- Plastic enclosure (size larger than 86mm x 84mm)
- 2W 33k Ohm Resistor x1 (Optional)
Note that low power LED may still glow even the Solid State Relay is OFF, this is because of the snubber inside the solid-state relay. You may need a resistor and capacitor connect in parallel with the LED Lamp to solve this problem.
Step 6: PCB Layout and Assembly
We can use prototype universal PCB to make the circuit. But I try to use EAGLE CAD to design the schematic and layout. The board images (Gerber file) are sent to PCB Prototyping Studio for fabrication.
A 2-layers FR4 board with 1oz copper is used. Features such as Mounting holes, Plated Through Holes, Hot Air Solder Leveling, Solder mask layer, Silkscreen text (well.. now they use ink-jet printing) are included. The cost for making 10pcs(MOQ) PCB is ~US$4.2 - a reasonable price at such quality of work.
There are good tutorials on using EAGLE for PCB design.
A good Youtube tutorial by Ilya Mikhelson:
- Eagle PCB Tutorial: Schematic
- Eagle PCB Tutorial: Layout
- Eagle PCB Tutorial: Finalizing Design
- Eagle PCB Tutorial: Custom Library
Insert the components to the PCB and soldering at the back. Reinforce the Solid State Relay, fuse box and capacitors with hot glue.
Drill holes at the bottom of plastic enclosure and install the nylon spacers. Make openings at the side walls to allow cable connections. Mount the PCB Assembly on top of the spacers.
Step 7: Extend the Sensor Cables
The original sensor cables are too short and need extension. I use shielded 22AWG signal cable to reduce noise from interfering with signal voltage. Connected the shielding to the sensor Ground, while Vcc and Vo to other wires. Protect the joint with shrinkage tube.
Extend the photoresistor in the same way.
Step 8: Assembly
- Install the LED assembly, apply silicone or hot glue to the stand and fix it on the compartment.
- Install the sensor holder to cover the LED assembly. Mount the 3 infra-red sensors to the sensor holders.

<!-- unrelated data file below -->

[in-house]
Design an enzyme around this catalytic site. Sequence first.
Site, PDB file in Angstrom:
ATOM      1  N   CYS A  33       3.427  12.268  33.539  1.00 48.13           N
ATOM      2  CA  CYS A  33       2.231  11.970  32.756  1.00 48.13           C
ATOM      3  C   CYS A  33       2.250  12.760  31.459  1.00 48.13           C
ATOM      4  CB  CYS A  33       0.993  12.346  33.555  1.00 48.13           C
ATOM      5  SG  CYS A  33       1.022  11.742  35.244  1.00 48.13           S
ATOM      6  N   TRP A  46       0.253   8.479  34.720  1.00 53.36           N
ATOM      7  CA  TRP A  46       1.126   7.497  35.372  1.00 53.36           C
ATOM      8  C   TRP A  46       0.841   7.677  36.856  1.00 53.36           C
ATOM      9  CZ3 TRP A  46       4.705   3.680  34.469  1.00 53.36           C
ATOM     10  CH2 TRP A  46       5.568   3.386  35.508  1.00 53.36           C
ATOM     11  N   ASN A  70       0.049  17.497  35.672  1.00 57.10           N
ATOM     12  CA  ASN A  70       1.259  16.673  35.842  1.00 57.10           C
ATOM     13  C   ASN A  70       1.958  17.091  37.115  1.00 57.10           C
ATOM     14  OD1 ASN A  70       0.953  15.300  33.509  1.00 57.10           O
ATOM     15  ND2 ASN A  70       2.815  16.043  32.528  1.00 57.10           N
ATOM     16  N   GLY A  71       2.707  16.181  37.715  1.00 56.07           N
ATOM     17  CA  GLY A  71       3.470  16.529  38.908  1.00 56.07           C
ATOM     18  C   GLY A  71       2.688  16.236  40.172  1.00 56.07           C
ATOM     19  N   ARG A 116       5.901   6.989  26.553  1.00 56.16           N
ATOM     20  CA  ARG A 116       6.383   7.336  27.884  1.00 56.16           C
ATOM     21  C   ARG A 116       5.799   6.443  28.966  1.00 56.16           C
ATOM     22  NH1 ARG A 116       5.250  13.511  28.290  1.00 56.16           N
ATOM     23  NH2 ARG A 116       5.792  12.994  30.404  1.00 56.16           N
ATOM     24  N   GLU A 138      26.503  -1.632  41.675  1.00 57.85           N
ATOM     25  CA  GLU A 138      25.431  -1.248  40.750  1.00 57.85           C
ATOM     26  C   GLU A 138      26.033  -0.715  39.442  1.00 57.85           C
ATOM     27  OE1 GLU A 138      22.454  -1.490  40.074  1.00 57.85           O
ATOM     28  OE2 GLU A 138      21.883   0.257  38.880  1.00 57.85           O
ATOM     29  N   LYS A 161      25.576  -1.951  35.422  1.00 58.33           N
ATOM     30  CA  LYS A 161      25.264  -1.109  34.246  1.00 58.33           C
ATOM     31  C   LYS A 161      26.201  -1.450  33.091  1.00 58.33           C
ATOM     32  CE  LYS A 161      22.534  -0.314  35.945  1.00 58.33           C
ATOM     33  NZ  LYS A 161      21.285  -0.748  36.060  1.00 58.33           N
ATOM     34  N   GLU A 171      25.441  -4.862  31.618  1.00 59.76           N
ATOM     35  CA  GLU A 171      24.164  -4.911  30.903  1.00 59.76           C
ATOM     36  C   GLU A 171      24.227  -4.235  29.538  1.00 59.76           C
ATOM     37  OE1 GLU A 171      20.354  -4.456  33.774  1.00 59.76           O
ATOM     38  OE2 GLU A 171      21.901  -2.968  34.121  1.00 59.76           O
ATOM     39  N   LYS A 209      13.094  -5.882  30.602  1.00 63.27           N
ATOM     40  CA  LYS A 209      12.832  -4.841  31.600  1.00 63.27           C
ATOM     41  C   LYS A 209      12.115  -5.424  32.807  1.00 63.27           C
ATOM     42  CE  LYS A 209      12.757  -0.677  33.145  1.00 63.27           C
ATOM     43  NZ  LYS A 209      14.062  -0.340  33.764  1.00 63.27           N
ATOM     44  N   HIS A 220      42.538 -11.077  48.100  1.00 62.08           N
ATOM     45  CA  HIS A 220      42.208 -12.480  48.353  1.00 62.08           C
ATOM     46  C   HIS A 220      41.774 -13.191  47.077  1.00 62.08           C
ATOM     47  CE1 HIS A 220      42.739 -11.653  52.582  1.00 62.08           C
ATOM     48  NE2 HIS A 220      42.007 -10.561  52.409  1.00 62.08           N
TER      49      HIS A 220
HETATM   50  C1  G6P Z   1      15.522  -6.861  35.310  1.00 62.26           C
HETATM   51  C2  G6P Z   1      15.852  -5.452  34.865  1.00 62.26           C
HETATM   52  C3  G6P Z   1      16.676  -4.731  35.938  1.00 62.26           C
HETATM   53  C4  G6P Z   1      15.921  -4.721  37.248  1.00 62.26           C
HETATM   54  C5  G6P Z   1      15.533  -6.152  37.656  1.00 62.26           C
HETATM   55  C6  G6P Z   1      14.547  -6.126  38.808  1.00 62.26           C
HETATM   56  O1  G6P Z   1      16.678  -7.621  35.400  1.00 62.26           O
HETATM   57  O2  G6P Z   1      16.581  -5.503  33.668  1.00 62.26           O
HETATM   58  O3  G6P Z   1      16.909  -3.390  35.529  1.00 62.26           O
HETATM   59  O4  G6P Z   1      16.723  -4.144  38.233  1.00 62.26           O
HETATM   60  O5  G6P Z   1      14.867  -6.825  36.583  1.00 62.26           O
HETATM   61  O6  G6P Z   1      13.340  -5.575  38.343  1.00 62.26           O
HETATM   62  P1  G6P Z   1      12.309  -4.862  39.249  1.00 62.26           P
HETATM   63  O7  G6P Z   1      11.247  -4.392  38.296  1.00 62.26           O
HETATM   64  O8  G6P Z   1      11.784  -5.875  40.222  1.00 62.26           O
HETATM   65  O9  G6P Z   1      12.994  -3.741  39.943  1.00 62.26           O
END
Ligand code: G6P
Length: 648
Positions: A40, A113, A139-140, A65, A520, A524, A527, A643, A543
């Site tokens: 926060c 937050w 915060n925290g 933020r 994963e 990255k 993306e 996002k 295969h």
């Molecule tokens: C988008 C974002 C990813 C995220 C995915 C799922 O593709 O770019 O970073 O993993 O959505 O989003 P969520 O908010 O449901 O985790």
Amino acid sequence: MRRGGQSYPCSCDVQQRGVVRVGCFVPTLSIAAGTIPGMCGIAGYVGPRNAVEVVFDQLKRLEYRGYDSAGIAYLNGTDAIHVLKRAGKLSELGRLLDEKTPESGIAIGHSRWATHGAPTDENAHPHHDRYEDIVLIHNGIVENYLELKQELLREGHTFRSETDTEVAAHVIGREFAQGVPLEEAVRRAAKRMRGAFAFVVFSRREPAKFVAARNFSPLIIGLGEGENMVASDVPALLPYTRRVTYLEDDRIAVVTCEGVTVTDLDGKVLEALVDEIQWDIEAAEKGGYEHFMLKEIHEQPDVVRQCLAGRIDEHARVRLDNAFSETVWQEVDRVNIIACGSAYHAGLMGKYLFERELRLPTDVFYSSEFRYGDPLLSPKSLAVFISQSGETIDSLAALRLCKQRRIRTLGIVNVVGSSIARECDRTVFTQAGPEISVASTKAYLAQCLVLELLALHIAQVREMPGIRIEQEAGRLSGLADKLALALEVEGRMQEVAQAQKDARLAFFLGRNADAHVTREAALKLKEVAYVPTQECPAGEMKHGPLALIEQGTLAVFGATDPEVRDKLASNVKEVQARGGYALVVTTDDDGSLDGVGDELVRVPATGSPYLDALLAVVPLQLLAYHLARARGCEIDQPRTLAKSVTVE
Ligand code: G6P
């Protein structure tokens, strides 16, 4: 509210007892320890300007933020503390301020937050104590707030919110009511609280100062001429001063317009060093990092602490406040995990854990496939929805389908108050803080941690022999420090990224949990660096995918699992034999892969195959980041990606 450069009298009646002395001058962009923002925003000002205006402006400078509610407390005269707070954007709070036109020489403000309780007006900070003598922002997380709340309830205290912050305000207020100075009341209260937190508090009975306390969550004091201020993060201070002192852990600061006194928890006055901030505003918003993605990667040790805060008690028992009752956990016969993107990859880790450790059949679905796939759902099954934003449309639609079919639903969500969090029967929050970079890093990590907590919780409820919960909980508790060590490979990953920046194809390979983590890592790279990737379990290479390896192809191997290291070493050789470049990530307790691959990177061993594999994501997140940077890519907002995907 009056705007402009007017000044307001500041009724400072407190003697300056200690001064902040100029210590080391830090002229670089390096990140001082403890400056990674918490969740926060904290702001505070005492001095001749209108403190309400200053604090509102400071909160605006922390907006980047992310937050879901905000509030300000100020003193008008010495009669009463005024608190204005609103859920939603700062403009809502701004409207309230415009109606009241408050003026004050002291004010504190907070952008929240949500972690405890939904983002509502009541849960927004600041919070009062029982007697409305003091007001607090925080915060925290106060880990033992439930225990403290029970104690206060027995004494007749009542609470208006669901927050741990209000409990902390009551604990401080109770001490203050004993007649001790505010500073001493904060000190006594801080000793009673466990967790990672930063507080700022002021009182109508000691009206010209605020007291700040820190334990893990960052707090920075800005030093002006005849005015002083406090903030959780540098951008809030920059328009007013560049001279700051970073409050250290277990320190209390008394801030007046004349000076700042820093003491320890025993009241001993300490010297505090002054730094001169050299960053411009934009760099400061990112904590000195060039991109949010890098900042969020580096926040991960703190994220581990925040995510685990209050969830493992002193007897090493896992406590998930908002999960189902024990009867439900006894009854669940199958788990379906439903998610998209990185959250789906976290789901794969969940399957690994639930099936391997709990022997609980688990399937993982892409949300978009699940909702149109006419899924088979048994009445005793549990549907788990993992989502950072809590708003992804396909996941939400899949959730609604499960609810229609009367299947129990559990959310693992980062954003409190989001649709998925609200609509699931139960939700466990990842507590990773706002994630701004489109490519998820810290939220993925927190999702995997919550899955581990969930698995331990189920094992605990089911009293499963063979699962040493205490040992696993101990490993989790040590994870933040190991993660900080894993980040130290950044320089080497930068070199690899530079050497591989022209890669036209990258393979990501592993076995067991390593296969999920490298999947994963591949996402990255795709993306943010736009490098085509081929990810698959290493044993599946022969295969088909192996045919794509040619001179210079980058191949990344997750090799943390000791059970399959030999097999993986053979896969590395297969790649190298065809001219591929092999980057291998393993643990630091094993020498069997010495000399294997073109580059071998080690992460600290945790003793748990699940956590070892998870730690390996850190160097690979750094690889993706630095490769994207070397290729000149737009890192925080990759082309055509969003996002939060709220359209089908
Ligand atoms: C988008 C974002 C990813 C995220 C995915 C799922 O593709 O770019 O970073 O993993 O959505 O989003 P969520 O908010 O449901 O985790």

- Drill a Ø6.5mm hole in the compartment near the corner. Insert the photoresistor, fix it and the cable by using hot heat glue.
- Mount the enclosure containing the control circuit to the wall.
- Make the following wire connections:
- AC Power Source to "AC IN" of the circuit.
- The LED lamp power to the "AC OUT" of the circuit.
- Infrared sensors: Vcc to "5V", GND to "GND", Vo to "Vout" in the circuit
- Photoresistor to "PR" in the circuit.
Step 9: The Firmware and Setup
The Firmware source code can be download in this GitHub Link.
Switch on the WiFi Toggle button and Power up the device. The MCU will enter the SoftAP mode by default and you can connect to the Access Point "ESP32_Entrance_Lighting" via WiFi.
Go to 192.168.10.1 in the browser and access the following functions:
- OTA Firmware Update via browser upload.
Parameters Setting :
- PhotoResistor- Photoresistor Trigger Level below which sensors will power up (12bit ADC range 0-4095)
- IR_Long1 - Distance below which Long Range Infrared Sensor 1 will switch on the lamp (12bit ADC range 0-4095)
- IR_Long2 - Distance below which Long Range Infrared Sensor 2 will switch on the lamp (12bit ADC range 0-4095)
- IR_Short - Distance below which Short Range Infrared Sensor will switch on the lamp (12bit ADC range 0-4095)
- Light On Time - The duration which the lamp stay on (milliseconds)
Click "Update" will set the trigger levels to the values in the text boxes.
Click "Sensor polling" the present sensor readings will be update every second, provided that the light level is lower than trigger level of photoresistor.
Step 10: Finish !
Some thoughts on further improvement:
- MCU deep sleep mode/Ultra Low Power coprocessor to reduce the energy consumption.
- Using websocket/secure websocket instead of traditional HTTP message for a faster response.
- Use of lower cost components like laser range sensors.
The material cost for this project is around US$91 - a little expensive but I think it is worthy to try new stuff and explore technology.
Project completed and it works. Hope you enjoy this Instructable.